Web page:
There are two ways to measure impact, in my opinion. There is the depth of impact, and the width of impact.
Given our finite resources (energy, time, tools), I think we can choose to do only some combination of either.
We can go for the width of impact, like do one-day workshop for thousands at a time. That’s what many motivation speakers are doing. But how many people really take action after the workshop is something they cannot care about, in their mode of operation. For that matter, “impacted ten thousand students” certainly sounds more impressive” than “impacted hundreds of students”.
We can go for the depth of impact. Since I’m writing this on a Sunday, Jesus’s example comes to mind. He spent about three years of his life in active ministry, that is, going around to tell people about his message.
He could have done lots of massive preaching, or in today’s context, mega conferences, if he was after the width of impact. But he did very very few of those.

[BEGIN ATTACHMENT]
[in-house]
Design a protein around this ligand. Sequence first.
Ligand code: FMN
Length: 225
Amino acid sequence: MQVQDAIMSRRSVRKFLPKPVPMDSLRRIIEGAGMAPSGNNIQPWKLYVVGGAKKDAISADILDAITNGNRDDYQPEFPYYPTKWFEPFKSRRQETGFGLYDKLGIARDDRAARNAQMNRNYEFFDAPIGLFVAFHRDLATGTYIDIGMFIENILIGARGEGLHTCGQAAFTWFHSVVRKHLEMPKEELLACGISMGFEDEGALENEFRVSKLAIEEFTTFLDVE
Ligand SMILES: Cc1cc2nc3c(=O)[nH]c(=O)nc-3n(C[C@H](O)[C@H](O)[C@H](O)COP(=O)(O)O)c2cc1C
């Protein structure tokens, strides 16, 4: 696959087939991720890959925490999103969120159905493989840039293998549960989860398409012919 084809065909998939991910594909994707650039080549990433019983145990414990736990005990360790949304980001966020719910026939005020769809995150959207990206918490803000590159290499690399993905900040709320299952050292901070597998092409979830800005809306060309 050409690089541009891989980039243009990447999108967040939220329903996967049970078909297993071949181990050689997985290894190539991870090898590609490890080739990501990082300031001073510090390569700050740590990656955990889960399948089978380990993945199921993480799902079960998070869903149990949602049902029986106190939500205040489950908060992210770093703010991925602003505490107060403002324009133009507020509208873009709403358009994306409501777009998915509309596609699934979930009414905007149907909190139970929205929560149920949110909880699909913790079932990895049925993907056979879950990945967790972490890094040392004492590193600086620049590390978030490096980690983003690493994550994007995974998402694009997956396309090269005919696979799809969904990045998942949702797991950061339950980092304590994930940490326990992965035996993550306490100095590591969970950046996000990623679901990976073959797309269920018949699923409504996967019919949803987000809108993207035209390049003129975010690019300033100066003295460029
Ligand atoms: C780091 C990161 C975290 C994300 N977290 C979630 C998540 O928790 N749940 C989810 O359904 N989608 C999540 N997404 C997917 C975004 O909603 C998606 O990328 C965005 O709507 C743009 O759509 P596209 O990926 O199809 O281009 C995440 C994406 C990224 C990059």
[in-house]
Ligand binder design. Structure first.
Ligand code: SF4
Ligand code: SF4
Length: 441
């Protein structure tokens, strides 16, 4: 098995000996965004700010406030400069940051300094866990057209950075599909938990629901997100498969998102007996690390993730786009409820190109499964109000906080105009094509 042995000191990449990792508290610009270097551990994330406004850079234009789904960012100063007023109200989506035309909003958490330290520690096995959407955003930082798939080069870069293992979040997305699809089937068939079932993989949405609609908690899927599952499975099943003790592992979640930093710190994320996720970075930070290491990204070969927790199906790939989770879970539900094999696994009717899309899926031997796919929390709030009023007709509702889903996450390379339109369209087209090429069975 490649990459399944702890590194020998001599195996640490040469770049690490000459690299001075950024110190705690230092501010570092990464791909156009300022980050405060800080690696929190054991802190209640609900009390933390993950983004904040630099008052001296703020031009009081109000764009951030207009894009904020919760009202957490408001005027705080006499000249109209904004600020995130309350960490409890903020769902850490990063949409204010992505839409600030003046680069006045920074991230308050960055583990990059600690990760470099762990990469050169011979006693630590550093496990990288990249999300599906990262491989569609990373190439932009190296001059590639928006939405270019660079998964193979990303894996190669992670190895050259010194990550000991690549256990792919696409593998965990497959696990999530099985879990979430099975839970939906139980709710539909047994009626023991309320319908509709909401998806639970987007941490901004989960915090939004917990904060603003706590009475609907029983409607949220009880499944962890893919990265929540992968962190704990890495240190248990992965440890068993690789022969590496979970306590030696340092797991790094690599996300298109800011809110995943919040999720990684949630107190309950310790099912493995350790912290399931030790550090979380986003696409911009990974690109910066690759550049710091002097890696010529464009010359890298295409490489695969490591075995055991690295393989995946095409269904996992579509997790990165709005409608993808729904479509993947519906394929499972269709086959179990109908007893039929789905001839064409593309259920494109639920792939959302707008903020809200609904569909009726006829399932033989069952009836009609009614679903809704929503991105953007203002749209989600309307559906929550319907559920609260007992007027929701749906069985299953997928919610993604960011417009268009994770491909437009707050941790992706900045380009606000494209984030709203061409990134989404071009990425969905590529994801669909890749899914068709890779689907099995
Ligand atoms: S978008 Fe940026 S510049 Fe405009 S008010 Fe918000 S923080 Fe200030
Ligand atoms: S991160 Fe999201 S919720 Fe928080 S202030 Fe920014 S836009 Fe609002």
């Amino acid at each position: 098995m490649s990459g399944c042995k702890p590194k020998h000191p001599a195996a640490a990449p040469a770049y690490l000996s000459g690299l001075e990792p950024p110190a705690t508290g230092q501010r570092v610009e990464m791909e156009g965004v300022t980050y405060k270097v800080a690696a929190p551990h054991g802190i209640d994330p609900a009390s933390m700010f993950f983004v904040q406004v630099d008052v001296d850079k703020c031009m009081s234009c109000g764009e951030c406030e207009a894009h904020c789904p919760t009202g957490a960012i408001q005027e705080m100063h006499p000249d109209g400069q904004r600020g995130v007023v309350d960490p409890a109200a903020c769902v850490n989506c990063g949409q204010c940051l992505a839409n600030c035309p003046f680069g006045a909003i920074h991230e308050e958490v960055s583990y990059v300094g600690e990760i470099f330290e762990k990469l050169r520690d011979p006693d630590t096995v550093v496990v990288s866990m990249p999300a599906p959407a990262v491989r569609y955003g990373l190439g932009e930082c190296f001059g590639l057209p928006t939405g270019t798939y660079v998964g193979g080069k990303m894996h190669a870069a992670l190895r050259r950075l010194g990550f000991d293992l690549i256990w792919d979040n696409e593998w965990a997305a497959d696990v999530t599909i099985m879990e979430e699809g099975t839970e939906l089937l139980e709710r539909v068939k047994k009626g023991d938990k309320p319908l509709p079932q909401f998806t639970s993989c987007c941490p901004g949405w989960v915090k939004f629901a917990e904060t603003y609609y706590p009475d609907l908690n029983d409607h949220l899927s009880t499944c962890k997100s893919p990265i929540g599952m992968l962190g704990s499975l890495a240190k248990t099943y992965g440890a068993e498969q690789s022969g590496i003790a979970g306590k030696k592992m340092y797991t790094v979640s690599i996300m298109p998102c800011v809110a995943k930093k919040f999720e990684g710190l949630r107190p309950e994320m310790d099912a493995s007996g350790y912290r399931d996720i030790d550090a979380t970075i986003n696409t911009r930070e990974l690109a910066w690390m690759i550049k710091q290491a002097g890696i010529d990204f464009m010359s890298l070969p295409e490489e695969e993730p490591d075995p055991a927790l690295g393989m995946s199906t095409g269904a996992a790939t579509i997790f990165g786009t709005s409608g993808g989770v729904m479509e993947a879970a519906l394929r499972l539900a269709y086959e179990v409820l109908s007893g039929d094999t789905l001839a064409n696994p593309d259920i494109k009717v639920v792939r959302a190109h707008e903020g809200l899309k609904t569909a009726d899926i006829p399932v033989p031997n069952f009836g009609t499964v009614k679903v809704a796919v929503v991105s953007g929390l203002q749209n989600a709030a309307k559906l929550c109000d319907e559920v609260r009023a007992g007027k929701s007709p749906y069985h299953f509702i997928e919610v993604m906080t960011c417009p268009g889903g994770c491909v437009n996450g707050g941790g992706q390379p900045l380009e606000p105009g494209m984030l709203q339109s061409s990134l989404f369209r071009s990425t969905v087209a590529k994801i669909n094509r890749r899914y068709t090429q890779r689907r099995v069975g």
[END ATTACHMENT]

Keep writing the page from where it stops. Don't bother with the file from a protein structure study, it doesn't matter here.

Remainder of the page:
Most of his time was spent on interacting with his twelve selected disciples, his inner circle. They saw how he really walk his talk in every aspect. His message went deep with them. Eventually they became the ones who were instrumental to really carry on his work after he had ascended.
That, I’d think, is where the deep impact comes in.
I also believe, that deep impact eventually will create wide impact, like how ripples spreads outwards. But it may not happen as fast and as visibly as we want. We may not be around to see the impact that we eventually make.
To go for wide impact or deep impact is a very personal choice. Some are more suitable to deliver wide impact, some prefers deep impact. And it’s a spectrum. There are lots of in-between models you can explore. Jesus gave some famous mass lectures too, like how he fed the four thousands, five thousands, Sermon on the Mount, etc.
Perhaps, something for us to be mindful about, is to know the limitations and the implications of the kind of impact we make.
If we devote our lives to transform a handful of people, like how many parents and caretakers devote their lives around the people they take care of, we may not have an impressive number to put on our resume, but we are making deep impact nonetheless. I respect that very much.
If we go for wide impact, it is obviously great. The applaud and the clout we command will tell us that. However, I suspect that such model alone does not give us the deep personal satisfaction. After our relatively short interaction in workshops or courses, we might not be so sure of whether our impact lasted in the lives of our subjects.